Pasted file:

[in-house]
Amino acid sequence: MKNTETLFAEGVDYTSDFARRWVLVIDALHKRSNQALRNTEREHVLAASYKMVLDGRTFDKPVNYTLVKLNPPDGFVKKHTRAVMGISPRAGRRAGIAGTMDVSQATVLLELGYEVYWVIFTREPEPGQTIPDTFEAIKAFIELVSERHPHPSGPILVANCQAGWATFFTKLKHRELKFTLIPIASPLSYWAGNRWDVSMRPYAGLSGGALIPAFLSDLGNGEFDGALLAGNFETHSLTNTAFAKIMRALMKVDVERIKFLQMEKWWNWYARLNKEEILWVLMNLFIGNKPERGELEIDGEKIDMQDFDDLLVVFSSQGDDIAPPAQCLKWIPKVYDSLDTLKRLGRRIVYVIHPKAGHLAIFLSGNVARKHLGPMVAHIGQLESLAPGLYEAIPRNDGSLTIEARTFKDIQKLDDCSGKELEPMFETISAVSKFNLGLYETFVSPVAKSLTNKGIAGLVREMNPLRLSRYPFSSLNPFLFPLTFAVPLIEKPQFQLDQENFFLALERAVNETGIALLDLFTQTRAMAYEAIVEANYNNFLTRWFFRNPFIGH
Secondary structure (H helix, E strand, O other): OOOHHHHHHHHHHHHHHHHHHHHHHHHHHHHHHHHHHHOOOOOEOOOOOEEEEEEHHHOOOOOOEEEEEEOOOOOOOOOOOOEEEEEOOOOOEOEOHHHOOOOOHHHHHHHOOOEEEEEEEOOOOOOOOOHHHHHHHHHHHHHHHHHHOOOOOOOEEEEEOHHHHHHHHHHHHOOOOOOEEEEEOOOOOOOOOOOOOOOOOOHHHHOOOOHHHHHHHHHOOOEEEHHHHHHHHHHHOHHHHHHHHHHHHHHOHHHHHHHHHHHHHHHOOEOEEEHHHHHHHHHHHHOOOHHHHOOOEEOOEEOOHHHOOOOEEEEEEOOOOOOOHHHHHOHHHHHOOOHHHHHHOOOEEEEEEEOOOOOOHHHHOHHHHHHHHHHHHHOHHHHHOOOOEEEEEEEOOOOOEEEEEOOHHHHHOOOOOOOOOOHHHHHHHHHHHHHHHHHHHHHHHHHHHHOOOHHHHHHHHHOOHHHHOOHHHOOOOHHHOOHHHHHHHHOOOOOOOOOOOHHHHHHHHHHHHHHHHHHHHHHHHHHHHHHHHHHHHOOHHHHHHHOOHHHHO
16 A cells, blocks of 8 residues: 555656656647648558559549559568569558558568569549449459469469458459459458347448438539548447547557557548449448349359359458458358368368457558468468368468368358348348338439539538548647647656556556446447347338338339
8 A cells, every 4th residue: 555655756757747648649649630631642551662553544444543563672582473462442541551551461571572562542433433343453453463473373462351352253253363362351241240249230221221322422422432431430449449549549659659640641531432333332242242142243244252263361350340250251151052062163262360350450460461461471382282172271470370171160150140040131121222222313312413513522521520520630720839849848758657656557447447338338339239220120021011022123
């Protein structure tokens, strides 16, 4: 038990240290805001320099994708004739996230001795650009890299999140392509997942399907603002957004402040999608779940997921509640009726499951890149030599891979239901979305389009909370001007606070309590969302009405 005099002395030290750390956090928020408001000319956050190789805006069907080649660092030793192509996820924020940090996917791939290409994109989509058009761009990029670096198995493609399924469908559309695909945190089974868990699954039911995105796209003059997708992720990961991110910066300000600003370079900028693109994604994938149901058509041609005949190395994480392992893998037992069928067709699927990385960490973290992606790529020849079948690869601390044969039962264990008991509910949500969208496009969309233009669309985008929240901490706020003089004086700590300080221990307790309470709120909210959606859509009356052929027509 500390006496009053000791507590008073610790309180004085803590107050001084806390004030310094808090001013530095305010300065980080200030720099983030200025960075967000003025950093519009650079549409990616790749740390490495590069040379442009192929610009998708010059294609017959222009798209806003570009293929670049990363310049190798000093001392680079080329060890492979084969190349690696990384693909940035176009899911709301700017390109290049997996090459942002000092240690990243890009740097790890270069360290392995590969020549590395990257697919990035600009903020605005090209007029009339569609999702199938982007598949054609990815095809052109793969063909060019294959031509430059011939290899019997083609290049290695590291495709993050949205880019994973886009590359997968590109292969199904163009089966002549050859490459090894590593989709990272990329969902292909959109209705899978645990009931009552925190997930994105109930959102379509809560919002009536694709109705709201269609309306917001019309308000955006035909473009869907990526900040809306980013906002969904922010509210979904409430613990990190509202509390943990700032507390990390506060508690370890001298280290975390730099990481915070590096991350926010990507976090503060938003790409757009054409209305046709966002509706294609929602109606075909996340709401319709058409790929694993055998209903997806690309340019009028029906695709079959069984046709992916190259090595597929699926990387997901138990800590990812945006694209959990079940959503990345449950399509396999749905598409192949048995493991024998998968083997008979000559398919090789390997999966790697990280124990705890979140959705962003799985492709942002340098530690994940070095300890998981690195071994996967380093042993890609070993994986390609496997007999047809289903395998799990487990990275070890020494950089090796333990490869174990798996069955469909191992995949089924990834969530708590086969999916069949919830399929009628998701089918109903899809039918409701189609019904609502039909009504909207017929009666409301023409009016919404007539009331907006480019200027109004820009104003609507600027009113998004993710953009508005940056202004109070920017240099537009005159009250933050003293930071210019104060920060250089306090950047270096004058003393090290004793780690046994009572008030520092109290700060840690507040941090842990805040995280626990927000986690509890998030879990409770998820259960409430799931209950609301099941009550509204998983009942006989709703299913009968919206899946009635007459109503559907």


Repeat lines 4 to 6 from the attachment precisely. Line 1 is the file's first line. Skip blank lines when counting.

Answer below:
16 A cells, blocks of 8 residues: 555656656647648558559549559568569558558568569549449459469469458459459458347448438539548447547557557548449448349359359458458358368368457558468468368468368358348348338439539538548647647656556556446447347338338339
8 A cells, every 4th residue: 555655756757747648649649630631642551662553544444543563672582473462442541551551461571572562542433433343453453463473373462351352253253363362351241240249230221221322422422432431430449449549549659659640641531432333332242242142243244252263361350340250251151052062163262360350450460461461471382282172271470370171160150140040131121222222313312413513522521520520630720839849848758657656557447447338338339239220120021011022123
């Protein structure tokens, strides 16, 4: 038990240290805001320099994708004739996230001795650009890299999140392509997942399907603002957004402040999608779940997921509640009726499951890149030599891979239901979305389009909370001007606070309590969302009405 005099002395030290750390956090928020408001000319956050190789805006069907080649660092030793192509996820924020940090996917791939290409994109989509058009761009990029670096198995493609399924469908559309695909945190089974868990699954039911995105796209003059997708992720990961991110910066300000600003370079900028693109994604994938149901058509041609005949190395994480392992893998037992069928067709699927990385960490973290992606790529020849079948690869601390044969039962264990008991509910949500969208496009969309233009669309985008929240901490706020003089004086700590300080221990307790309470709120909210959606859509009356052929027509 500390006496009053000791507590008073610790309180004085803590107050001084806390004030310094808090001013530095305010300065980080200030720099983030200025960075967000003025950093519009650079549409990616790749740390490495590069040379442009192929610009998708010059294609017959222009798209806003570009293929670049990363310049190798000093001392680079080329060890492979084969190349690696990384693909940035176009899911709301700017390109290049997996090459942002000092240690990243890009740097790890270069360290392995590969020549590395990257697919990035600009903020605005090209007029009339569609999702199938982007598949054609990815095809052109793969063909060019294959031509430059011939290899019997083609290049290695590291495709993050949205880019994973886009590359997968590109292969199904163009089966002549050859490459090894590593989709990272990329969902292909959109209705899978645990009931009552925190997930994105109930959102379509809560919002009536694709109705709201269609309306917001019309308000955006035909473009869907990526900040809306980013906002969904922010509210979904409430613990990190509202509390943990700032507390990390506060508690370890001298280290975390730099990481915070590096991350926010990507976090503060938003790409757009054409209305046709966002509706294609929602109606075909996340709401319709058409790929694993055998209903997806690309340019009028029906695709079959069984046709992916190259090595597929699926990387997901138990800590990812945006694209959990079940959503990345449950399509396999749905598409192949048995493991024998998968083997008979000559398919090789390997999966790697990280124990705890979140959705962003799985492709942002340098530690994940070095300890998981690195071994996967380093042993890609070993994986390609496997007999047809289903395998799990487990990275070890020494950089090796333990490869174990798996069955469909191992995949089924990834969530708590086969999916069949919830399929009628998701089918109903899809039918409701189609019904609502039909009504909207017929009666409301023409009016919404007539009331907006480019200027109004820009104003609507600027009113998004993710953009508005940056202004109070920017240099537009005159009250933050003293930071210019104060920060250089306090950047270096004058003393090290004793780690046994009572008030520092109290700060840690507040941090842990805040995280626990927000986690509890998030879990409770998820259960409430799931209950609301099941009550509204998983009942006989709703299913009968919206899946009635007459109503559907």